2. How much will Philly miss Thybulle in Toronto?  

The Sixers will be without their best perimeter defender for each away game in the series due to Canada's restriction guidelines regarding COVID-19. Matisse Thybulle is not fully vaccinated, and thus is unable to travel to Toronto with his teammates. This means he will miss Games 3, 4 and 6 (if necessary). The obvious question here is how much of an impact will Thybulle's absence have on the series? 

We'll find out the answer to that soon enough, but his absence certainly has the potential to be pretty impactful. The Raptors have several potent perimeter players, and the Sixers aren't especially deep when it comes to reliable wing defenders behind Thybulle. Danny Green, Thybulle's replacement in the starting lineup, is still solid defensively in spurts, but he can't be looked at as a lock-down defender at this point in his career. Outside of Embiid, no one else on Philadelphia's roster is known for their defensive prowess, so that has to be a concern for Philadelphia. The entire team will need to step up on that end in order to mask not having Thybulle. 

Plus, having a player in and out of the lineup isn't ideal for continuity, as we saw with Kyrie Irving in Brooklyn this season. Teams with championship aspirations typically try to build said continuity in the first round, and having a key contributor only available part-time certainly doesn't help that. The Sixers may be talented enough to overcome the situation, but it's not something that a team wants to have to deal with at this point in the season. 

3. How will the backup center minutes be distributed?

The backup center spot has been a problem for Philadelphia throughout Embiid's tenure with the team. The issue was addressed last offseason with the signing of Andre Drummond, but the team lost him in the trade that netted them Harden. Since that trade, the Sixers have struggled when Embiid is off the floor. De'Andre Jordan has emerged as Embiid's de facto backup, though Paul Reed (finally) received some serious playing time in the last few games of the regular season.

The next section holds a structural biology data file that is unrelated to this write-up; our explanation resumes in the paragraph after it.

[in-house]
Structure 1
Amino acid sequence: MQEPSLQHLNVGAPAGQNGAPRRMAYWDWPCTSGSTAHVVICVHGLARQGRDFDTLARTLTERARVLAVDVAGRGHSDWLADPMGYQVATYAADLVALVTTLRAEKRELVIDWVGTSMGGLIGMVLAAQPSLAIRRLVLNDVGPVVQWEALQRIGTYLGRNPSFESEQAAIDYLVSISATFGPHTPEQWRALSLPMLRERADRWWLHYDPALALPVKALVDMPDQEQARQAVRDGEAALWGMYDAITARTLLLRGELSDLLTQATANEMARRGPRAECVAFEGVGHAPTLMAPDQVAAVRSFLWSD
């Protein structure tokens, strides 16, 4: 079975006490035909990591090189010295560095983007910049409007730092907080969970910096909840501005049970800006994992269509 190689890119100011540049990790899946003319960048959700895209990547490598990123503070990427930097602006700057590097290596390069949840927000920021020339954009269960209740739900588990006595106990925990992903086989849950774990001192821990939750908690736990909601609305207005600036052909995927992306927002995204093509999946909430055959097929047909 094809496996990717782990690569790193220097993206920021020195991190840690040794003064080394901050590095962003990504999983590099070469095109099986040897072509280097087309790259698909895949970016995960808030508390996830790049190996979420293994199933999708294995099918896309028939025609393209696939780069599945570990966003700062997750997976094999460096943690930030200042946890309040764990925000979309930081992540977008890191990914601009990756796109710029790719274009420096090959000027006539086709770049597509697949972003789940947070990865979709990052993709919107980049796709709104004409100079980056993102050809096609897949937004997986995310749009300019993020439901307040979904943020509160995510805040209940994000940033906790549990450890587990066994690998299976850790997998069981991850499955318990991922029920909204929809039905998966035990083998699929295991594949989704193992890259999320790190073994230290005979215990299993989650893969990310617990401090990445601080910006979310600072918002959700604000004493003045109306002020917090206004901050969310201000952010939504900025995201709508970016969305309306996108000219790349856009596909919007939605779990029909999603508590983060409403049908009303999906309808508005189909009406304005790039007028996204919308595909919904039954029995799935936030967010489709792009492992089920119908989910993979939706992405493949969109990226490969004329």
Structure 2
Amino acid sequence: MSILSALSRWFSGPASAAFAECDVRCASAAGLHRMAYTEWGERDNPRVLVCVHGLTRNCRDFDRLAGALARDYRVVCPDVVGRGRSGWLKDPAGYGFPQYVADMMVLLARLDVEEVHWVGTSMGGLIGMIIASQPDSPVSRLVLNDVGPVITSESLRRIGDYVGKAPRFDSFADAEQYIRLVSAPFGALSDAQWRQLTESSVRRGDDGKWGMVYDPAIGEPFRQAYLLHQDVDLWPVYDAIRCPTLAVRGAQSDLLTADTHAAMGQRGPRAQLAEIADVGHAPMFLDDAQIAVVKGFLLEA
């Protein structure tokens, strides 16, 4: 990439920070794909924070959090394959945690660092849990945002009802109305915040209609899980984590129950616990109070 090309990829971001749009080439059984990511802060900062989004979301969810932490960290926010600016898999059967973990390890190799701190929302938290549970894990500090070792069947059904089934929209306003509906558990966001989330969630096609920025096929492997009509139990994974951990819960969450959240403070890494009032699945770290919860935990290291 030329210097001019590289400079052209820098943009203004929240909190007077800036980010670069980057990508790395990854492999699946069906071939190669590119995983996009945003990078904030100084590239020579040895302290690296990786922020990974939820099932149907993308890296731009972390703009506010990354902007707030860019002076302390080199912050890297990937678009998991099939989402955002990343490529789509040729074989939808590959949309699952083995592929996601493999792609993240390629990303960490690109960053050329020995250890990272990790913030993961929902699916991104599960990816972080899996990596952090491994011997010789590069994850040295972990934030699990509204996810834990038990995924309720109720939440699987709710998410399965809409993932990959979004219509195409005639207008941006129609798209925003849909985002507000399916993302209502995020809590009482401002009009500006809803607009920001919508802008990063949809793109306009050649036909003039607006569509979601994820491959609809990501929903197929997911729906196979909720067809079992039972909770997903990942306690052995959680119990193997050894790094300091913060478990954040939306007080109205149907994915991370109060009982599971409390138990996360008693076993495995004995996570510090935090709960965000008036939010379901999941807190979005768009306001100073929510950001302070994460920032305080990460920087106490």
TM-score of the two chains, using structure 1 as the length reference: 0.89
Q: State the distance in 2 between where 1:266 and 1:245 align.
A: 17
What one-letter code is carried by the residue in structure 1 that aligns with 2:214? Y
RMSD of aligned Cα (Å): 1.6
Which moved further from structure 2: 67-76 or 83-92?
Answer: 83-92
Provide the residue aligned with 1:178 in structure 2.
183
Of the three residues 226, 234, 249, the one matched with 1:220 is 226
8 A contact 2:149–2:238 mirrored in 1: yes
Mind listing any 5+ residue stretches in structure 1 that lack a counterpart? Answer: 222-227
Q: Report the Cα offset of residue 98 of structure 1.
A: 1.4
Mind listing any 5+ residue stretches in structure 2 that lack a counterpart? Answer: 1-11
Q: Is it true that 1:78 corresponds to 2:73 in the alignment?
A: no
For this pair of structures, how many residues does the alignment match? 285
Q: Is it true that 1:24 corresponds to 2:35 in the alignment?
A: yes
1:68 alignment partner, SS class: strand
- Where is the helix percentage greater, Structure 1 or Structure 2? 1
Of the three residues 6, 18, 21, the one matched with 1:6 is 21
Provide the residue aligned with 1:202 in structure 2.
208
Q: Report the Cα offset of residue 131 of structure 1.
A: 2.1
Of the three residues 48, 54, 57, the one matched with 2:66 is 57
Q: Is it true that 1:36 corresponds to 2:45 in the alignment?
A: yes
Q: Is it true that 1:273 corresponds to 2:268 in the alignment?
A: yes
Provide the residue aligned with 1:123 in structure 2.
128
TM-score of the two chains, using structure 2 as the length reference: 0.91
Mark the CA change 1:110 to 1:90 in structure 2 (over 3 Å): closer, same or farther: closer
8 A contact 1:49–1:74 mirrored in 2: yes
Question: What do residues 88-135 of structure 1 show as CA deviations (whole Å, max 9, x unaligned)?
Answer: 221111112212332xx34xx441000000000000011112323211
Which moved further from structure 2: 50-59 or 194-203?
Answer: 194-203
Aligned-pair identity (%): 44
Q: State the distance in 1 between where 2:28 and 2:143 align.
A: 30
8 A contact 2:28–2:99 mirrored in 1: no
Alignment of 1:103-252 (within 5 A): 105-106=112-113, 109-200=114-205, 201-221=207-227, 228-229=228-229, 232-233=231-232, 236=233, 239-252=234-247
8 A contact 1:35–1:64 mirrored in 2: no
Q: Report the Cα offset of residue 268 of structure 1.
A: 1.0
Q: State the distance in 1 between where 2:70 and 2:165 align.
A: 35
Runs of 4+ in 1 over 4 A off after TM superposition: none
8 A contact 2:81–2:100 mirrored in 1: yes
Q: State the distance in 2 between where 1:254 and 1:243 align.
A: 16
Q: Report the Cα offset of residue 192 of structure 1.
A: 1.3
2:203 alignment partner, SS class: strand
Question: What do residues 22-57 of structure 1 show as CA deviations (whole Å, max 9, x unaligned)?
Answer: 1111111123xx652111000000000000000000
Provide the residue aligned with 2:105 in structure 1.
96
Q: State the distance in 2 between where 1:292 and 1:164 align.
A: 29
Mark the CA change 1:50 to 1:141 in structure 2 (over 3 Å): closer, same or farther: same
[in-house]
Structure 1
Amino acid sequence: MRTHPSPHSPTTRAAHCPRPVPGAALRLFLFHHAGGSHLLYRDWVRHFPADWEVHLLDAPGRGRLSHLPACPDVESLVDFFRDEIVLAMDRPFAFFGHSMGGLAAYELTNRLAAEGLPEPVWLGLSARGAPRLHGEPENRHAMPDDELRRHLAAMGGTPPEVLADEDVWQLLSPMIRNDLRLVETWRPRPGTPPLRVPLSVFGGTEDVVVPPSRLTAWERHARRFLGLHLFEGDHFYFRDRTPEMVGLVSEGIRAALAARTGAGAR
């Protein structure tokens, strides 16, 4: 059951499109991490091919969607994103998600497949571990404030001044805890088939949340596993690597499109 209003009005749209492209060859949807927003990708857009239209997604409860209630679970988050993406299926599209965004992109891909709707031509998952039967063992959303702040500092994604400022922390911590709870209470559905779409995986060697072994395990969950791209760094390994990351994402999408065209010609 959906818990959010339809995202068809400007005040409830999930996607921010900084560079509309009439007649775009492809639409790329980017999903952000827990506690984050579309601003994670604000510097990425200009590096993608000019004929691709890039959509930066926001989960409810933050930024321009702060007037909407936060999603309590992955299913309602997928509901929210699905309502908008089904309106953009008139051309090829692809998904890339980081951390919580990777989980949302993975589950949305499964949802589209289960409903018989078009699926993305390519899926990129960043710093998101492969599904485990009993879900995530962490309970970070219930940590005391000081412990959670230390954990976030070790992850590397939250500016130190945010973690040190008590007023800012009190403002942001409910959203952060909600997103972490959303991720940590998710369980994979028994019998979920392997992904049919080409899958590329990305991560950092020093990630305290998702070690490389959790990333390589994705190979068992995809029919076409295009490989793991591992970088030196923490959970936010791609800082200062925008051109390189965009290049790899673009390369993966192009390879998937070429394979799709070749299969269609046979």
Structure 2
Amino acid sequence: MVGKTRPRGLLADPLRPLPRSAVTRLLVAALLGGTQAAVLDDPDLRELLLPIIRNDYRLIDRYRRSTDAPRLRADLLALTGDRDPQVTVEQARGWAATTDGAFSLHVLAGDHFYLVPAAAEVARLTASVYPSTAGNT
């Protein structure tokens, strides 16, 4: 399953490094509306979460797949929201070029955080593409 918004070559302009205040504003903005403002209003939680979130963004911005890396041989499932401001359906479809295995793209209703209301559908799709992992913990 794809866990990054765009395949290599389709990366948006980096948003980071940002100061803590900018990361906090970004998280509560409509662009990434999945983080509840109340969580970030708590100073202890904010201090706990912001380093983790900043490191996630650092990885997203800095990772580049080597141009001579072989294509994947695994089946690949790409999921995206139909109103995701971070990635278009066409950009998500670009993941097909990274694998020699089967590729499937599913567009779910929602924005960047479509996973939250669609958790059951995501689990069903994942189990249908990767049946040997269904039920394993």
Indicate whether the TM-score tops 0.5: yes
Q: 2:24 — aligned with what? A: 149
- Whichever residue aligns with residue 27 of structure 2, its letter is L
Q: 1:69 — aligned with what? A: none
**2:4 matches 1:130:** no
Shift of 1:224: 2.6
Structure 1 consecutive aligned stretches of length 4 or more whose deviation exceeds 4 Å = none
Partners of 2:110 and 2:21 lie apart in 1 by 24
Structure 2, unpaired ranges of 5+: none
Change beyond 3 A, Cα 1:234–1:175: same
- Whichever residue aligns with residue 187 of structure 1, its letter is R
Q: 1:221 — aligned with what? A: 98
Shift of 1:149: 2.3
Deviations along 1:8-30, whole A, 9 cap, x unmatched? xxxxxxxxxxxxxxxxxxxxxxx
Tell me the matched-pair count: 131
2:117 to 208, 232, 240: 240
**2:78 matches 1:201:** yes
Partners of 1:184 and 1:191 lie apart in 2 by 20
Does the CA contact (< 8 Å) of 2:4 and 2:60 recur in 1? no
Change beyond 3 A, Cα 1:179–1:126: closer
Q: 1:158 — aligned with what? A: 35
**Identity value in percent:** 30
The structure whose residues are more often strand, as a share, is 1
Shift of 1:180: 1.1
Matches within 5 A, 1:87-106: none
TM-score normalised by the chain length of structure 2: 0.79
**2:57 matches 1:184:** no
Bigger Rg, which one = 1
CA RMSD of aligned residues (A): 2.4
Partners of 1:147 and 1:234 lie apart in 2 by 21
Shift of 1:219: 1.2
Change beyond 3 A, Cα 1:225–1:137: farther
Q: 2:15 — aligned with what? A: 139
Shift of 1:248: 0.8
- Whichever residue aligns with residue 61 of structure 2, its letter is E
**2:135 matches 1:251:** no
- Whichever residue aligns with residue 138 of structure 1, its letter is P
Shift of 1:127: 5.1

Following their regular-season finale, Doc Rivers addressed how he plans to handle the minutes when Embiid is off the floor. "When there's a small lineup, we'll play smaller with Paul," Rivers said. "When there's a big five, we play bigger with [Jordan].. Against big fives, because of fouling, we like [Jordan]. We believe against big fives, [Jordan] is good for us."  

It will be interesting to see if Rivers sticks to this approach against Toronto. If he does, it means Reed should be in line for a lot of playing time, as the Raptors aren't an especially big team. Plus, Reed is more mobile than Jordan at this point in his career, so he could potentially help against some of Toronto's perimeter threats, like Pascal Siakam, for example. 

Rivers' ability to be flexible will come into play here. It's fine to try something, but if it doesn't work, you have to be able to adapt. Embiid is obviously going to play a majority of the minutes, but the Sixers simply can't afford to get shredded when he's off the floor.